• (e) a vertically disposed elongated restricted passageway (16) communicating with the upper opening of the downstream extremity of the radially extending restricted passageway and the inlet of the cyclone separator.
  • The present invention can be considered as providing improvements in the process and apparatus described in U.S. Patent 4,219,407.
  • As described in that patent, the separation of catalyst particles from gaseous material is particularly relevant in a hydrocarbon conversion process such as catalytic cracking which comprises a catalytic hydrocarbon conversion operation and a catalyst regeneration operation. In the hydrocarbon conversion portion of this combination operation, it is desired to employ a high activity crystalline zeolite catalyst such as a fauja- site "Y" zeolite-containing cracking catalyst. The hydrocarbon conversion operation is preferably a dispersed catalyst phase riser conversion operation of limited or restricted hydrocarbon contact time between catalyst and hydrocarbon reactant selected to particularly promote the formation of desired products including gasoline boiling-range materials as well as lighter and higher boiling products. Thus the conversion of gas oil feeds and higher boiling hydrocarbon materials in a single riser reactor is carried out at temperatures in excess of 480°C and as high as 570 or 600°C. In such hydrocarbon conversion operations, the catalyst-hydrocarbon residence time in a riser reaction zone is usually restricted to less than 15 seconds and is desirably restricted depending on reaction temperature and feed composition, to 0.5 to 8 seconds hydrocarbon residence time. For high temperature operations it is is preferred to restrict the hydrocarbon residence time in contact with catalyst 0.5 to 4 seconds and to minimize overcracking of desired products by effecting a rapid separation of the catalyst suspension substantially immediately upon its discharge from the riser. The present invention is concerned particularly with obtaining rapid separation of the catalyst suspension discharged from a high temperature riser cracking zone.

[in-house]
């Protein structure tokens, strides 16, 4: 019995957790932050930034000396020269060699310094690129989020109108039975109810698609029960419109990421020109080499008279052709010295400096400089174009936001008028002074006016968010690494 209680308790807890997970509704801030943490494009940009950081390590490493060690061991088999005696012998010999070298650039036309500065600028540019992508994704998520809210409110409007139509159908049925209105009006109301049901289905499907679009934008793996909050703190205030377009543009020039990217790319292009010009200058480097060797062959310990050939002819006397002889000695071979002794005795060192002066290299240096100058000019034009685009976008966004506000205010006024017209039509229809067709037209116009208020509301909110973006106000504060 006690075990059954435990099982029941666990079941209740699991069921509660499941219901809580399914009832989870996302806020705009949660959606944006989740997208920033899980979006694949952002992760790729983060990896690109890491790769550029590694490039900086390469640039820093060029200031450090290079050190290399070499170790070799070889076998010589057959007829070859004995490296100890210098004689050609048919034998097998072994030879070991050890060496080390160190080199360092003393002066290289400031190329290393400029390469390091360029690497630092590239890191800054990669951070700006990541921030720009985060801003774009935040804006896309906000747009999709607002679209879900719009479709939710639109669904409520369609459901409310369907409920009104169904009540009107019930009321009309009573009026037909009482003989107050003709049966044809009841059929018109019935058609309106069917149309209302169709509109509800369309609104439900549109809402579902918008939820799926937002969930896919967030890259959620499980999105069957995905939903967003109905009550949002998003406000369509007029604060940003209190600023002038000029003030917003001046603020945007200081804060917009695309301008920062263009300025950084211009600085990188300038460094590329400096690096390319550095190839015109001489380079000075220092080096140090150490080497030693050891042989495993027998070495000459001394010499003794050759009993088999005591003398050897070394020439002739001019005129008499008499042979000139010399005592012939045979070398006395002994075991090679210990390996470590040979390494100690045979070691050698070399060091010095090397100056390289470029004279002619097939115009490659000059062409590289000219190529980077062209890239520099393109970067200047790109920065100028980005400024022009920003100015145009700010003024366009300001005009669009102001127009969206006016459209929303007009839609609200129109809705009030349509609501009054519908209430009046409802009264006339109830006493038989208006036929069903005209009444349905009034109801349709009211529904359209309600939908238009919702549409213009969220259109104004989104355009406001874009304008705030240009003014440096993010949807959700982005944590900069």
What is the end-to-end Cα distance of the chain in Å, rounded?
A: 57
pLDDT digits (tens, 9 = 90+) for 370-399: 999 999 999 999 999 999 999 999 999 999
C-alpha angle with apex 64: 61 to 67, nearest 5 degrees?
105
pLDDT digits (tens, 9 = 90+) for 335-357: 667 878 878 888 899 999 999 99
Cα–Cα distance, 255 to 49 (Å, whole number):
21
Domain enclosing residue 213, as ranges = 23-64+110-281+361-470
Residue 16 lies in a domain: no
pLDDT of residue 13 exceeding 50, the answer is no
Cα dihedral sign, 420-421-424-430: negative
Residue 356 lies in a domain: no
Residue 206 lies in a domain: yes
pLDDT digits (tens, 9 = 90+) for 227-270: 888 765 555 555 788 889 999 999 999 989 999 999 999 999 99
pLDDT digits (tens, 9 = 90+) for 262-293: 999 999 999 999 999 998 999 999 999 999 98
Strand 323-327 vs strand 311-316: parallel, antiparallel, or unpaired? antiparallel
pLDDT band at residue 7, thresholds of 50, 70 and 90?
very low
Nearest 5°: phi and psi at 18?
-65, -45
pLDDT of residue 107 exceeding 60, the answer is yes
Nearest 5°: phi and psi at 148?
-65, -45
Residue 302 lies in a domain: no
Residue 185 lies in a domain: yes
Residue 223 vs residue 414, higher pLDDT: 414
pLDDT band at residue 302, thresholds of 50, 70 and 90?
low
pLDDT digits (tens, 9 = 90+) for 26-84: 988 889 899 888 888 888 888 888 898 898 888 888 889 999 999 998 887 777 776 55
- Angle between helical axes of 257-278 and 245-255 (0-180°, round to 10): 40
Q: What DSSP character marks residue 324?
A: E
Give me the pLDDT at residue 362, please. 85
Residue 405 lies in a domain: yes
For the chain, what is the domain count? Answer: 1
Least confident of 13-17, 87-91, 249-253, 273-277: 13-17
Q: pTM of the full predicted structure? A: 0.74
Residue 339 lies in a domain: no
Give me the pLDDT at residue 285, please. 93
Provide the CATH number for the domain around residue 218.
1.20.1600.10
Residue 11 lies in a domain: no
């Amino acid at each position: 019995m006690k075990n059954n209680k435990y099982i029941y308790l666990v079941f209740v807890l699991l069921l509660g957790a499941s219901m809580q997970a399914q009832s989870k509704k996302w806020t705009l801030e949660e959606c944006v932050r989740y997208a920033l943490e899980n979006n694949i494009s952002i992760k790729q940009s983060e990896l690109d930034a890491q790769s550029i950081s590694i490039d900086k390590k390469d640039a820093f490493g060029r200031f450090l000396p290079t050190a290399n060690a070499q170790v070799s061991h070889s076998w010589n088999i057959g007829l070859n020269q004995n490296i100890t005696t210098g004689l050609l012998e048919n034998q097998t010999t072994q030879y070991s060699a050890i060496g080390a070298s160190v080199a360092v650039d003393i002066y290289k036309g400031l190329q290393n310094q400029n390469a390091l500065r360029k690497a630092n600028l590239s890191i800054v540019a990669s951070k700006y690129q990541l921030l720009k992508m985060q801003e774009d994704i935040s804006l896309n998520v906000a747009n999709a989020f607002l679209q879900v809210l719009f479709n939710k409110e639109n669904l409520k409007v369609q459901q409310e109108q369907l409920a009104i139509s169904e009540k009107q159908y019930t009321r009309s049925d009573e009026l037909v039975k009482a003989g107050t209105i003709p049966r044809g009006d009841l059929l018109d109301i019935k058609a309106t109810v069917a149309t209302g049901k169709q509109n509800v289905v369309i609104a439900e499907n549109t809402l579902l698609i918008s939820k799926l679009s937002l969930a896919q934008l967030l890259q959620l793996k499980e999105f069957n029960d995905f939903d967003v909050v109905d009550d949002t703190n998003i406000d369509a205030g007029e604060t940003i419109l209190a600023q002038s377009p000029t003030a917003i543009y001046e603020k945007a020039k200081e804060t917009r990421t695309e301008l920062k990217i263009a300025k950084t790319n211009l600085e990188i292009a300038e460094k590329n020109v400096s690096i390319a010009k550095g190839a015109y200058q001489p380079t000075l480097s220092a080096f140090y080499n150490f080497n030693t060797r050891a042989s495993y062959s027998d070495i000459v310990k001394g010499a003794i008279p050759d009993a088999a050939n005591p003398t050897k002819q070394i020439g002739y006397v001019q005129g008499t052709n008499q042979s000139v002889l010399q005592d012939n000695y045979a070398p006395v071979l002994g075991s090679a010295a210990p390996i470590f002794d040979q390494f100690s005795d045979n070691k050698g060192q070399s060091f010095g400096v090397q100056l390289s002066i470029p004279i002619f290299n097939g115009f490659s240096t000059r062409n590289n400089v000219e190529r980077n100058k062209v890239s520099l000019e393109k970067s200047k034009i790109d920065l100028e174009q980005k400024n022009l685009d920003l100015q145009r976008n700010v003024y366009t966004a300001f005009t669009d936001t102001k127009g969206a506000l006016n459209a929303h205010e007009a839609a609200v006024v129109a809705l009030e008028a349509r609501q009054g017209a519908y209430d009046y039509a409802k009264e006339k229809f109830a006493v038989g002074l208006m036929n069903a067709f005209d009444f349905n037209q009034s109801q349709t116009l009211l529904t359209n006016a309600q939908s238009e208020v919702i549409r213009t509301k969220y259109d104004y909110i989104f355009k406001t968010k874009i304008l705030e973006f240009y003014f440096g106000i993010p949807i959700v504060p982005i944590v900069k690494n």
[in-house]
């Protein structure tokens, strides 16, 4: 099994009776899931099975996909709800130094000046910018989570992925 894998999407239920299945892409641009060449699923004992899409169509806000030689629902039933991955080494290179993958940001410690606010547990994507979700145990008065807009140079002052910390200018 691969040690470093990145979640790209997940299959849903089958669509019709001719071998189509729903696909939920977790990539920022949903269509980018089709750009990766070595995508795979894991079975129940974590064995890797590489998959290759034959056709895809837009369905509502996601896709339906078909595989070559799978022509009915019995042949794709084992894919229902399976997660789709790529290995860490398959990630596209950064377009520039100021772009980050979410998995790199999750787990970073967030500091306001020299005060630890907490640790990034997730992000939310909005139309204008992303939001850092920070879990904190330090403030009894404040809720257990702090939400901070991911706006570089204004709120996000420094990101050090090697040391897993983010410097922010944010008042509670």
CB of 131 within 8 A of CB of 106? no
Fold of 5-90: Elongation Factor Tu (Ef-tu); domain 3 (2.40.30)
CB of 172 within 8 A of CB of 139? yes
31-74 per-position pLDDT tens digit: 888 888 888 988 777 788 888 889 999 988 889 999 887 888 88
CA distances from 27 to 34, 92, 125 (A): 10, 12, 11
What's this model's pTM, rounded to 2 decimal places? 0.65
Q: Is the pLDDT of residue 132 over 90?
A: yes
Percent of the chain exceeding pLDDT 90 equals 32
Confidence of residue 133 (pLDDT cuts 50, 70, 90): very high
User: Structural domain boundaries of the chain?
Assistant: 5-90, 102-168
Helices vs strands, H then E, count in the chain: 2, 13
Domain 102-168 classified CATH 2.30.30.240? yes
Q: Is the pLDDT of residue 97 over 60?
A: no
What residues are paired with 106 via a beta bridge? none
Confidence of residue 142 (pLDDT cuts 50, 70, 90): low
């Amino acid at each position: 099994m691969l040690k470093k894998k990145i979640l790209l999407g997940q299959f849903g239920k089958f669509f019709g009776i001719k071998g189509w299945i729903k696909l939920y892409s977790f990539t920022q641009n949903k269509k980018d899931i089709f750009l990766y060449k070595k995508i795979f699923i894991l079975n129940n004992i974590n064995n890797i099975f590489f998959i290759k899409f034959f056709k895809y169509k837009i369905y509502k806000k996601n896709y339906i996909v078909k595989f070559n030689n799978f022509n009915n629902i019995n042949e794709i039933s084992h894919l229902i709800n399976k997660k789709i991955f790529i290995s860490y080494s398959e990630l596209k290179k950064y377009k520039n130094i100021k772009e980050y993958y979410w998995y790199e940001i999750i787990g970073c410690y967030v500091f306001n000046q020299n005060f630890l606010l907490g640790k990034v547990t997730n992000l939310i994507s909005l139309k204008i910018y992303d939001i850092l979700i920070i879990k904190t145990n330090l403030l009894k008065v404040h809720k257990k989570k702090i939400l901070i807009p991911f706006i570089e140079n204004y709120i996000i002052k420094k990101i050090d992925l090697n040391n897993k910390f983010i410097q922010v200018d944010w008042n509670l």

• The invention involves separating the suspension discharged from the riser under conditions that result in collecting the catalyst particles in a zone separate from discharged gaseous material and altering the flow direction of the collected catalyst particles to flow out of contact with gaseous material as a downwardly confined stream. The collected and confined catalyst particle stream thus separated is discharged into an open ended restricted downflow passageway, as described in U.S. Patent 4,217,407, in which the catalyst particles are maintained out of contact with hydrocarbon vapors. The downflow passageway referred to as a catalyst stripping zone is positioned beneath the catalyst separation and collection means so that the separated and confined catalyst stream is maintained out of further contact with discharged hydrocarbon vapors. As the catalyst flows through the stripping zone it cascades over downwardly sloping baffles so as to contact upwardly flowing steam which removes hydrocarbons from the surface of the catalyst particles and from the interstitial space between the particles. In the known process, the hydrocarbon vapors pass from the radially extending arms together with the catalyst but move out from under the open discharge of the arms into a lower velocity region and into the upper portion of the disengaging vessel at reduced velocity. The separated vapors then pass into the inlet of cyclone separating equipment positioned in the upper part of the disengaging vessel.
  • According to one aspect of the invention, a conduit is provided at the end of the radially extending arm communicating with the upper portion of the arm and the inlet of the cyclone separator. In this manner the gaseous material may be passed directly to the cyclone separators at a significantly higher velocity than in the prior art process. This makes it possibe to expose the gaseous material to cracking temperatures for a shorter period of time than in the prior art. The temperatures of the gaseous material may be reduced or quenched by providing cooling means in the gas conduit or by merely passing the gaseous material for quenching in the base of the main fractionator of the fluid catalytic cracking out.
  • The invention will now be described in greater detail by way of example only with reference to the accompanying drawings, in which Figure 1 illustrates one form of apparatus according to the invention;
    • Figure 2 illustrates a second form of apparatus according to the invention; and
    • Figure 3 is a sectional view along line 3-3 of Figure 2.